Rumspringa: To Be or Not to Be Amish by Tom Shachtman

A common perception of the Amish is that of plain-dressing, hardworking reclusive folks who observe their faith by not drinking alchohol, driving automobiles, or indulging in other modern fixtures of the American mainstream.  But the Amish, like everybody else, go through the trying times of adolescence.  To allow their teenagers to blow off steam before they formally join the church, some Amish communities permit what they call rumspringa, loosely translated as “running around”.  It is a time in which Amish teens are allowed to “do their own thing” before settling down with marriage and family.  Rumspringa can cover such Rumspringa sedate happenings as church singings and picnics, although some teens prefer a wilder edge with partying, drug and alcohol use, and association with non-Amish.  Basically, this period allows Amish youth time to decide if they want the outside world with its fast cars and trappings, or the close community and support of the Amish church.  The majority come back.

This book is a great documentary of these kids and how their raisings both sustain and stifle them.  It also is quite revealing of the changes in Amish society today.  The manners with which the Amish interact with the “English”, in reference to outsiders, are quickly evolving as more Amish follow business interests other than the family farm.  Also, the methods of retaining members are increasingly a challenge for the Amish churches.

Quite a bit of this book will be an eye-opener.  I think that the best thing it does is humanize the Amish.  As simple as their worldview appears, they are anything but simplistic as individuals.

(William Hicks, Information Services)

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One Response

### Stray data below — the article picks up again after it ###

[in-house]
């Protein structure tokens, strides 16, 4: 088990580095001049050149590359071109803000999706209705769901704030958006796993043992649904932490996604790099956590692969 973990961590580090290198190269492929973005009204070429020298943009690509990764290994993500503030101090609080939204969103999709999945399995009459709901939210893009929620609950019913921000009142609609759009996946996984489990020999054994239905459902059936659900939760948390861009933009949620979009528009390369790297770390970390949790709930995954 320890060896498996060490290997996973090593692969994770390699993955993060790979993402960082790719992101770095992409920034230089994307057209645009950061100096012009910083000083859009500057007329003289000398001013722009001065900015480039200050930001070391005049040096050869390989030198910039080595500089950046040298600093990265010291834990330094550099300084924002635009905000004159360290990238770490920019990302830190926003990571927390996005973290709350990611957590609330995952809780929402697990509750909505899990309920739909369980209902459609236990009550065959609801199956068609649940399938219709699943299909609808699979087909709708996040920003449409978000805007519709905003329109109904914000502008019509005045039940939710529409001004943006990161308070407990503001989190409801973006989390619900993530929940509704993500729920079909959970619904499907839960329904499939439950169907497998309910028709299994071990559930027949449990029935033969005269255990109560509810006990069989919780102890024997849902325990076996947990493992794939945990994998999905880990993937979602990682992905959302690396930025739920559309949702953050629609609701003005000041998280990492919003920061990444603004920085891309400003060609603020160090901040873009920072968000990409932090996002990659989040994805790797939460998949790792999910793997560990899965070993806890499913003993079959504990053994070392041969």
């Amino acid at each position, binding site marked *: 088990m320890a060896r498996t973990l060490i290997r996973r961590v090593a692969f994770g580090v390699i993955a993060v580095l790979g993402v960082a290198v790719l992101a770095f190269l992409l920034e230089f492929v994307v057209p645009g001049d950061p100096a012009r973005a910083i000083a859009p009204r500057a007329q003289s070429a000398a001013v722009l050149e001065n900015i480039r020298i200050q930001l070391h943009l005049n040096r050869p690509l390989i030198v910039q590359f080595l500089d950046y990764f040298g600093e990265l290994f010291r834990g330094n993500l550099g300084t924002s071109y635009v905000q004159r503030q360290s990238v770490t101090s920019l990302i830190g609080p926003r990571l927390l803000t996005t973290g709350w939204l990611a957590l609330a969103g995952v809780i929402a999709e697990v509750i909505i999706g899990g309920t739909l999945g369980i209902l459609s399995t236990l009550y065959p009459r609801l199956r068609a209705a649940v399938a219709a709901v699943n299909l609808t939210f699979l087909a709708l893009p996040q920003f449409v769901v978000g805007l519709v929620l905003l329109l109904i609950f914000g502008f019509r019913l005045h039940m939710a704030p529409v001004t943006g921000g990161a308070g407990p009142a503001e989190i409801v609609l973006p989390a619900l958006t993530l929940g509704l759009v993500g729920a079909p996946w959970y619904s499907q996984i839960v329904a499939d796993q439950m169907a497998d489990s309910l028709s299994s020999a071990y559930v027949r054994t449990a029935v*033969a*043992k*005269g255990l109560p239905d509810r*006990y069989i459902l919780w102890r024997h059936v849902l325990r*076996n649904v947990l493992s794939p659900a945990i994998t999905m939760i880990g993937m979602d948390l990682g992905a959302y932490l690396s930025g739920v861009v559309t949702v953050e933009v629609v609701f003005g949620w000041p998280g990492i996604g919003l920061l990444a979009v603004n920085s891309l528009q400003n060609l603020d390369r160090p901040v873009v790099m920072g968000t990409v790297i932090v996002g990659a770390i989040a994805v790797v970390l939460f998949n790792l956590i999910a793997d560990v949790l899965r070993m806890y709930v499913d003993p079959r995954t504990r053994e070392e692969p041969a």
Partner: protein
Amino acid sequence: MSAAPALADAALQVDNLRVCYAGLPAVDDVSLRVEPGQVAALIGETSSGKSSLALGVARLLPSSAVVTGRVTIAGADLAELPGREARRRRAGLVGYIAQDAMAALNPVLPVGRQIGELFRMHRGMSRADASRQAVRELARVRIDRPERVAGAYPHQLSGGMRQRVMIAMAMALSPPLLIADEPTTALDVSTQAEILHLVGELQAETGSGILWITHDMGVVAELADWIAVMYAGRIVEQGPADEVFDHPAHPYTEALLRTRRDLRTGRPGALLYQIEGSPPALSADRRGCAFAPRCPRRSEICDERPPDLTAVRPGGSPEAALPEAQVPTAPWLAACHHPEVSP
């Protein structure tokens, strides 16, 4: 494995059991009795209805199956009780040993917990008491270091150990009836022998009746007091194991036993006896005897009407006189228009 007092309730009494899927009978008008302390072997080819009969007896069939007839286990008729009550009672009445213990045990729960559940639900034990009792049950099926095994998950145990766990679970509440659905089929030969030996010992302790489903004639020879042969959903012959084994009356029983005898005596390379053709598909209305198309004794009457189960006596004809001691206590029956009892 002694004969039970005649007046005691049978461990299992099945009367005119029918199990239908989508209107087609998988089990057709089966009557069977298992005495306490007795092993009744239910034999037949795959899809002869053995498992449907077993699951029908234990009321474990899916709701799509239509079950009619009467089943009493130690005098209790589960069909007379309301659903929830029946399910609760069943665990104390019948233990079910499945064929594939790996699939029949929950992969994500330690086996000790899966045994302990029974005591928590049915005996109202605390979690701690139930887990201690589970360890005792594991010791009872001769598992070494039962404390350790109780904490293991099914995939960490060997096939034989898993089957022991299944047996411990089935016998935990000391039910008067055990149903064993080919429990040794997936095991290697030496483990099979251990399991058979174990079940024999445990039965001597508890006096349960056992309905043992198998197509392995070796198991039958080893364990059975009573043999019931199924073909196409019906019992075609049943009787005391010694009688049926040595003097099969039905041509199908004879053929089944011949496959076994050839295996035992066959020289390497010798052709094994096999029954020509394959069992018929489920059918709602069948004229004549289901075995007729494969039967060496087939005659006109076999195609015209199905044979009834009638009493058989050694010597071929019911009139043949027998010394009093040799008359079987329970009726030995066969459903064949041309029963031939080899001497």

1. Hey there, William. I was considering reading this new & intriguing title (having to balance, as it were, a growing list of books I am eager to dive head-first into!) – and your review has twisted my arm (in a good way 😉
    Having an undergrauate double-degree in Anthropology and Religious Studies, I am so drawn to learning about the beautiful and varied ways in which the human experience has manifested itself, i.e. differing cultures, subcultures, ethnic backgrounds, and the like.

    Myself having been born Jewish (but adhering to a rather secular/humanist worldview as an adult) I have been interested in the Amish for some time now (pleasure-reading a lot about their lifestyle & worldview). It’s funny b/c I am always being asked if I am Amish myself — due to the way I grow/wear my beard. It doesn’t bother me in the least; it actually amuses me slightly and I take it as a compliment, for, as your posting expressed:

    >>As simple as their worldview appears, they are anything but simplistic as individuals.>>

    Indeed, there are great stories to be found among this most interesting of religious ‘subcultures,’ for lack of better descriptor … and the whole aspect of our fast-paced, ‘post-modern’ world, as a sort of backdrop against which these beautiful & inspirational people themselves adapt – or grow – or retain tradition – etc. would, it seems, make for excellent reading for lovers of nonfiction – and perhaps more speifically, in the realm of (multi-)cultural studies, such as myself.
    Thanks for info on this book – and thanks for reading my comments!

    In Peace,
    Jonah M.

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